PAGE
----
5.0 out of 5 stars very pleased, 14 May 2010
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This review is from: The Great Dictator [1940] [Blu-ray] (Blu-ray)
Video quality is very good, I haven't seen this movie better before.
Extras are interesting but only on the dvd (that contains the movie as well)
Must have.
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2 of 2 people found the following review helpful
5.0 out of 5 stars The Great Dictator DVD, 15 July 2012
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Incredibly funny film, absolutely loved it. It arrived within the estimated delivery date.

The story follows a Jewish barber who is caught in a plane crash in the first world war. He loses his memory and is in a military hospital for 20 years. When he leaves he discovers that his country is being ruled by a dictator (who looks identical to him). This dictator orders his soldiers to harass the Jewish people in order to put pressure on a Jewish man to finance his invasion of the neighboring country. With his sights on world domination the dictator invades his neighbor, but luckily he is mistaken for the barber who has escaped from a concentration camp, and the barber is mistaken for him. The barber must then give a speech in order to pretend he is the dictator and so delivers the greatest speech ever written.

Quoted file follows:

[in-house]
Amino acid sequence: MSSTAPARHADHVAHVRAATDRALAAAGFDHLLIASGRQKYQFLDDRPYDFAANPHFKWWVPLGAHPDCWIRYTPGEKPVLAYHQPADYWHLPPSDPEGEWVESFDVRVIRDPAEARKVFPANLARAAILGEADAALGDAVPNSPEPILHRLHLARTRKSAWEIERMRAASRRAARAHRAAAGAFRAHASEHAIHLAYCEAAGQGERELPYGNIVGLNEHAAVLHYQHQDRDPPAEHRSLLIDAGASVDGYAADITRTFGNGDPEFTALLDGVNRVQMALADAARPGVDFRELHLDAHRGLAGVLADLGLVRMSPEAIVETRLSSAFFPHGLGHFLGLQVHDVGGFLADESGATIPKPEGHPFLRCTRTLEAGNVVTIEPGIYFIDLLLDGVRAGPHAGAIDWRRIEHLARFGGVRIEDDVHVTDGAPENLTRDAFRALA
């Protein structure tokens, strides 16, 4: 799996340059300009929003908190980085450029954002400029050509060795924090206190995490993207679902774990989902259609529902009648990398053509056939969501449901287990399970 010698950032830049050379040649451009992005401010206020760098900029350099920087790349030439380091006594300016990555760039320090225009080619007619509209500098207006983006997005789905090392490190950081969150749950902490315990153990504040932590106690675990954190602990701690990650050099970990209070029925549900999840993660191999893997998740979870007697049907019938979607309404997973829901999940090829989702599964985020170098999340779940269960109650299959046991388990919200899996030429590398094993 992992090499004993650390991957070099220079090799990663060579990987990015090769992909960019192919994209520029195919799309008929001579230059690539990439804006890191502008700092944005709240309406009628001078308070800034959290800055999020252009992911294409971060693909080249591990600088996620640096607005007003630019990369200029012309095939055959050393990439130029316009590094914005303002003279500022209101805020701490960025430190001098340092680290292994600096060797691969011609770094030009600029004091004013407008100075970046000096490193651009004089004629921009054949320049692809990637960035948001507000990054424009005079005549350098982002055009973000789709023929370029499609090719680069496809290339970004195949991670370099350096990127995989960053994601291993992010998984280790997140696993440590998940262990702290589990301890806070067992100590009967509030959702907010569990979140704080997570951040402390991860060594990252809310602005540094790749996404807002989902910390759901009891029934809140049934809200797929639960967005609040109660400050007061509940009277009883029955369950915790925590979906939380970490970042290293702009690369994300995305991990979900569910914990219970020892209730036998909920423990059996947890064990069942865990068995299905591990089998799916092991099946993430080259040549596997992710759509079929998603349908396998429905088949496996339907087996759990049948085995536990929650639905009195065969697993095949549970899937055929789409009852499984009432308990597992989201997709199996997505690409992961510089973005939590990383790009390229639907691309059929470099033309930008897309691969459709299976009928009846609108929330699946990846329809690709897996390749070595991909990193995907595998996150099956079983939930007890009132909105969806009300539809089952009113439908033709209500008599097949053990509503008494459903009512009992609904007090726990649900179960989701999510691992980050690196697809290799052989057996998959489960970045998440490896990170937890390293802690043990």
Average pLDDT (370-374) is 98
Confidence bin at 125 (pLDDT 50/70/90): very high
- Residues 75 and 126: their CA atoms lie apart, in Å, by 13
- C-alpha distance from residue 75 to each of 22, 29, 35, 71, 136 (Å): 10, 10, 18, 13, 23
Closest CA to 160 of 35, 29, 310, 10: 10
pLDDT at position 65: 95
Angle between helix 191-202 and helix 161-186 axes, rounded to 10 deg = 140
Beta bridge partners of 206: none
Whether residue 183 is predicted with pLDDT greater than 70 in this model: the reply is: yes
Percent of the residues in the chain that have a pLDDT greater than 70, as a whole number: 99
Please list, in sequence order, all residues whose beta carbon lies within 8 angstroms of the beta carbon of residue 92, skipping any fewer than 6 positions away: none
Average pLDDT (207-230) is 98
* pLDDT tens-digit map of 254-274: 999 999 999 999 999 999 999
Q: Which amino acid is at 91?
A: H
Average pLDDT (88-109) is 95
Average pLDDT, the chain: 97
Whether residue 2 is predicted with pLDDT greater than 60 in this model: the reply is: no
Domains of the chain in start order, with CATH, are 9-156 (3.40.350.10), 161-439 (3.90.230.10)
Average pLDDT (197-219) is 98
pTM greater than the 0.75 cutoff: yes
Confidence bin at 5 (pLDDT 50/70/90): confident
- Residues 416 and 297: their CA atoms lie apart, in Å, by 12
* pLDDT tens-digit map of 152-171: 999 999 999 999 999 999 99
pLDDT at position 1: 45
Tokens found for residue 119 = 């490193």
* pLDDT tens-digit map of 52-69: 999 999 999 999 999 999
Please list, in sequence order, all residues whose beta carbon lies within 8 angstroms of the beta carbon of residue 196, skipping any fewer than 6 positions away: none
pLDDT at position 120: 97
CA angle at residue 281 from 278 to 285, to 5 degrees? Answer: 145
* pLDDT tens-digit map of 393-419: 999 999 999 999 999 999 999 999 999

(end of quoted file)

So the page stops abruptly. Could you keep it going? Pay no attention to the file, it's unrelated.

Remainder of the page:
The speech itself is the highlight of the film for me, it blew me away, written by Chaplin himself in 1940 it is one of the most powerful speeches I have ever heard, and is still relevant today. Everyone should hear it in my opinion, it cant be beaten. All in all 5/5 and 6/5 just for the speech.
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2 of 2 people found the following review helpful
5.0 out of 5 stars A little stereotyped . . . but GREAT all the same !, 3 July 2011
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The cartoon-like aspects of some ( repeat, some ) of the film make much of the parodying rather stereotyped - in particular, as the film was made during the war and necessarily serves, at least to some extent, as allied propoganda. But much of these most cartoon-like scenes are genuinely funny, even clever ; and the exhaltation of the kinder, "human" aspects of Man's Spirit, including the love we can and should have for one another if only we wish it, is not only touching and well carried-off ; it also reminds us of a vital message, too often forgotten, for all Humankind. The last scene of Chaplin appealing for another, better way is artistically forceful and really quite moving ; one of the best scenes in all of film history ( in my humble opinion ), almost Shakespearean in its power and its significance. The combination of comedy ( even slapstick ) and moral philosophy works, at times almost brilliantly, even if the film may today come across as a little dated and from another time. It is, therefore, a definite "Comedy Classic", and essential viewing . . . but is definitely NOT a film to be watched quite as lightly, or as even as easily, as some might think.